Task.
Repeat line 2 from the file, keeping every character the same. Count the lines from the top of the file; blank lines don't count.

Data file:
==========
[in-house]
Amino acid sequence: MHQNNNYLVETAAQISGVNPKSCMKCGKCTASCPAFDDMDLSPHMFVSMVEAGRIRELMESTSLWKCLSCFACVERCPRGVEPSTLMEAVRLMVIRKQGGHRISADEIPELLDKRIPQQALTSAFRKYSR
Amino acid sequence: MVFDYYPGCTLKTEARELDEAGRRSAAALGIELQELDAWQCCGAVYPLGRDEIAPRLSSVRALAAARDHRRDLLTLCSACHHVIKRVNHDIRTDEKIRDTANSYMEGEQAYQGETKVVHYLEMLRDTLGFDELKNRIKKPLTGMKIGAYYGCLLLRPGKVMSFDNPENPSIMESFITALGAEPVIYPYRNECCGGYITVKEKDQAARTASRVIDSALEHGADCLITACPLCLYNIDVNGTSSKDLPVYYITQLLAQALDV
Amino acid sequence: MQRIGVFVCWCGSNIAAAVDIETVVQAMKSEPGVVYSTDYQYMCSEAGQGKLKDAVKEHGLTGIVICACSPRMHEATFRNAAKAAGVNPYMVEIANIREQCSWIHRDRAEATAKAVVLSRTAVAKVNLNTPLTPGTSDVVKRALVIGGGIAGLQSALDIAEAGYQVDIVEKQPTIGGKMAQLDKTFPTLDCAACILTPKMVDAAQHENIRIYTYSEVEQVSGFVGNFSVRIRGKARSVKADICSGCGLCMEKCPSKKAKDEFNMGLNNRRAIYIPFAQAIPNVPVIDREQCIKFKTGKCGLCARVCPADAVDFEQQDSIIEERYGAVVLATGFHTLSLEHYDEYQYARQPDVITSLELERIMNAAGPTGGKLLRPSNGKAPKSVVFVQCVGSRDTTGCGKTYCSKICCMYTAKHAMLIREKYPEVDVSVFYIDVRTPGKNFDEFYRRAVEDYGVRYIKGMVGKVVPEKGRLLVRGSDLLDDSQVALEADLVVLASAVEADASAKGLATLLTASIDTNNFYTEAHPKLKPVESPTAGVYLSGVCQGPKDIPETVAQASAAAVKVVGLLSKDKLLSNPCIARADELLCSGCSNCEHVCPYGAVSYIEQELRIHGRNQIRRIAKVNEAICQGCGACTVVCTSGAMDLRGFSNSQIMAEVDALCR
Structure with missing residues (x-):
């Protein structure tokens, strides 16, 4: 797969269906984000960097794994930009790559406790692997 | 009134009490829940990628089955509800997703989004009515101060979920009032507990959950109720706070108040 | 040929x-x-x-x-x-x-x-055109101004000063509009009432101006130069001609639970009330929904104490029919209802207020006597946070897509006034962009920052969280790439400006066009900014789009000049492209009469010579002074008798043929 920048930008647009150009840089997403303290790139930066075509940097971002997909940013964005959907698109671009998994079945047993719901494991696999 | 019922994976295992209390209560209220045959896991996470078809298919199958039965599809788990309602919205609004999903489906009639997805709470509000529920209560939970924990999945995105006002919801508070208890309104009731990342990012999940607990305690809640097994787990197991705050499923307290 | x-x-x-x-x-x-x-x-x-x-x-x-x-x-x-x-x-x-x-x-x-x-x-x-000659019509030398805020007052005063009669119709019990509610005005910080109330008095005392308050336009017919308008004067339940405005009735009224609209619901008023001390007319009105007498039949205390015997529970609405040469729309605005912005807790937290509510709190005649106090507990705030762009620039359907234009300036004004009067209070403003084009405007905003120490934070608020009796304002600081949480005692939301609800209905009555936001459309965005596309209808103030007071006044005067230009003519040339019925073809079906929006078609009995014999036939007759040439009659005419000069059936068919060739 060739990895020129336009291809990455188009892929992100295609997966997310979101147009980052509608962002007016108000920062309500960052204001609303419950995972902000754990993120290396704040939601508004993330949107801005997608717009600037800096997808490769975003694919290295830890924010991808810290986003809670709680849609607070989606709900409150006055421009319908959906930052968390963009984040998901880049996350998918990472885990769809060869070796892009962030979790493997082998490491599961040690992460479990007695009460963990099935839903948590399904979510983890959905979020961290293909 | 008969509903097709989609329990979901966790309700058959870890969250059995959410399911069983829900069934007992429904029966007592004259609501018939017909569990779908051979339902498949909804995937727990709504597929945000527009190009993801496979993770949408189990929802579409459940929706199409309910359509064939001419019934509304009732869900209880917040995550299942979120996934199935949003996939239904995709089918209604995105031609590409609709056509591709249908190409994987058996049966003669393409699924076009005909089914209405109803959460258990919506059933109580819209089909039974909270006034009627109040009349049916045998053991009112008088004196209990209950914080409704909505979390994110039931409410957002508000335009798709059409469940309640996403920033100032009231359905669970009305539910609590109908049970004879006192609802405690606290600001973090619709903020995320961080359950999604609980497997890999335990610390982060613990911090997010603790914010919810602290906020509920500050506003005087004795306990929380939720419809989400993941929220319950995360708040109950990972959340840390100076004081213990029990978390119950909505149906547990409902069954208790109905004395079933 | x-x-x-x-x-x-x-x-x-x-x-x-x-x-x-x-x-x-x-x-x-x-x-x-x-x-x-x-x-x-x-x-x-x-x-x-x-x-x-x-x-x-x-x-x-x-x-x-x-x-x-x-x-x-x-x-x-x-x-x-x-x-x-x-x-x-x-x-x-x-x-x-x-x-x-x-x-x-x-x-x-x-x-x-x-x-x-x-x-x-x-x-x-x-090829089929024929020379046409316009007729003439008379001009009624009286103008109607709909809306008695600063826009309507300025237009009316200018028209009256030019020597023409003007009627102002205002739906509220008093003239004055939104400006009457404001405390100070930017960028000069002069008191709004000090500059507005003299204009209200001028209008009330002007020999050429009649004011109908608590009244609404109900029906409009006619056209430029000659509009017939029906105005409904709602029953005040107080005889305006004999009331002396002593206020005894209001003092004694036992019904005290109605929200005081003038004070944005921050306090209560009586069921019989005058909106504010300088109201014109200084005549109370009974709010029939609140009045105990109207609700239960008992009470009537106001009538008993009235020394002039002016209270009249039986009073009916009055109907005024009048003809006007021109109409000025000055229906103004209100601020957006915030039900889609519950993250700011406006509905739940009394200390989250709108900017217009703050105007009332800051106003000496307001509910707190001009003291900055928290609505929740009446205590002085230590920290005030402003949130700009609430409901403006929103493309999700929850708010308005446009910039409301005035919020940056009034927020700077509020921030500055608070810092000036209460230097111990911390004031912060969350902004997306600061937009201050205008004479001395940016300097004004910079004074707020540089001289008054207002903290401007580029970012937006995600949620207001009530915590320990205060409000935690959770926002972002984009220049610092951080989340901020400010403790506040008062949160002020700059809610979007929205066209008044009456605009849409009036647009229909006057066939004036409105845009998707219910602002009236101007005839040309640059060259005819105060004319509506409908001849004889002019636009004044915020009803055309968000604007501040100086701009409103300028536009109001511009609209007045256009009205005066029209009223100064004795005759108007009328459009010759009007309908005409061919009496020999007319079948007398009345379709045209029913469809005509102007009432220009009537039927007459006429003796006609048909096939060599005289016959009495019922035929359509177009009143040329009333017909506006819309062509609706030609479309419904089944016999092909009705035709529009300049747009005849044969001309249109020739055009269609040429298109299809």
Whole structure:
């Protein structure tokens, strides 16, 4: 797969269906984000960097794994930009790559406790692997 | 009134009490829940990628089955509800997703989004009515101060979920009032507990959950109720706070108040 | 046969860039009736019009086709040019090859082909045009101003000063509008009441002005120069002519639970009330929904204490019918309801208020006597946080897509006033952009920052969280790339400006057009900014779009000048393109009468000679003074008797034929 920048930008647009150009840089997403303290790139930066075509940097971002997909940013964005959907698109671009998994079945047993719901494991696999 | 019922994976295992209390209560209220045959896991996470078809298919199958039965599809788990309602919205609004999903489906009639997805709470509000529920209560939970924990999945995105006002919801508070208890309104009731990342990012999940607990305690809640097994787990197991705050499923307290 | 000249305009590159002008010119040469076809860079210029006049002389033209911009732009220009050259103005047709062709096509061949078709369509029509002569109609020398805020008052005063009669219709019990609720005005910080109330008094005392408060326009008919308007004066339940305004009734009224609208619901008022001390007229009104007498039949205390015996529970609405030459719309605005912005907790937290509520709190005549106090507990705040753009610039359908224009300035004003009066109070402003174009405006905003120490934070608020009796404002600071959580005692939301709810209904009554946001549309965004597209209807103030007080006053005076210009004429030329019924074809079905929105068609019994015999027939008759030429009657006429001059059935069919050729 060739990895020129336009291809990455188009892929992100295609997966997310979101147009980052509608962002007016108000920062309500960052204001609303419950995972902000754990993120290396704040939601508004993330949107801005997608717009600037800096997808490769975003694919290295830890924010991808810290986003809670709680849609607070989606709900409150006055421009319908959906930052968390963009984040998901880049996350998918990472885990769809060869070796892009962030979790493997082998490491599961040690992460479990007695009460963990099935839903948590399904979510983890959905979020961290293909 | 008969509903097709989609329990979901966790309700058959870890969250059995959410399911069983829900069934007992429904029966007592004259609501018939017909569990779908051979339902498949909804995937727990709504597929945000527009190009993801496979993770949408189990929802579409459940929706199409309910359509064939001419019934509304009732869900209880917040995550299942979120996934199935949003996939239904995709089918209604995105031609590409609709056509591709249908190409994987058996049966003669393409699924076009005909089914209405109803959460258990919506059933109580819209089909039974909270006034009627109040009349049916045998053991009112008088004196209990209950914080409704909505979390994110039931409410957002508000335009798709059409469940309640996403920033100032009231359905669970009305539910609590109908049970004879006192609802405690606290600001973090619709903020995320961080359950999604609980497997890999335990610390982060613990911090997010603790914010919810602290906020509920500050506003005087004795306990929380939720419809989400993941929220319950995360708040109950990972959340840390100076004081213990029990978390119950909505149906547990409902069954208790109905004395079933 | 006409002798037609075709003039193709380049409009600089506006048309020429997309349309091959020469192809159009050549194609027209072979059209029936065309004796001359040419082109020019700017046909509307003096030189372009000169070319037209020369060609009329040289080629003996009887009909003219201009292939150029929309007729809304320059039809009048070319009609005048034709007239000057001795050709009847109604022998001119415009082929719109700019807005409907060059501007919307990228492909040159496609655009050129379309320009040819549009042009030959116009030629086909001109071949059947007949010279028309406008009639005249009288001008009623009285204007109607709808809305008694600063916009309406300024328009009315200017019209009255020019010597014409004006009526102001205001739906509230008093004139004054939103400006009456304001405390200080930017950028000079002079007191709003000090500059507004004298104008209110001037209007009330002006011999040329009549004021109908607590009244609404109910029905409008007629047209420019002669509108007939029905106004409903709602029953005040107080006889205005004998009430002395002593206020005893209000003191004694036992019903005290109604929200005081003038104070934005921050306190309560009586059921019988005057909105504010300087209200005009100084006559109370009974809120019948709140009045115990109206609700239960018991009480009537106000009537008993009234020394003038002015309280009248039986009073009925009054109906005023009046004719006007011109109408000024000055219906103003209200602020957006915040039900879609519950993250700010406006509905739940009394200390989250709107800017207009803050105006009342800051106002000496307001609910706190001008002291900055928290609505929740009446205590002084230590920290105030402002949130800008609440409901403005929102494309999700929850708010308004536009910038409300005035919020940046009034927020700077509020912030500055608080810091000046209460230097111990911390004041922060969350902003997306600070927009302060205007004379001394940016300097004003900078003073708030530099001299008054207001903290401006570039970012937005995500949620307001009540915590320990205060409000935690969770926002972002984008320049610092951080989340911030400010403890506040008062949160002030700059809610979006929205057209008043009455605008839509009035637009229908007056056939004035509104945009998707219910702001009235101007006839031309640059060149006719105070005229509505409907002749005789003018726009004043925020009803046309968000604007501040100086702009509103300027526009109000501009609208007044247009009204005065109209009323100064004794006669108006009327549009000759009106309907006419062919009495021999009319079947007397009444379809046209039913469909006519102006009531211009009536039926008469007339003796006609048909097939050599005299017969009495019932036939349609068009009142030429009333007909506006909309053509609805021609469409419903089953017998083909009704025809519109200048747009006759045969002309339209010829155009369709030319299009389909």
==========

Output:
Amino acid sequence: MHQNNNYLVETAAQISGVNPKSCMKCGKCTASCPAFDDMDLSPHMFVSMVEAGRIRELMESTSLWKCLSCFACVERCPRGVEPSTLMEAVRLMVIRKQGGHRISADEIPELLDKRIPQQALTSAFRKYSR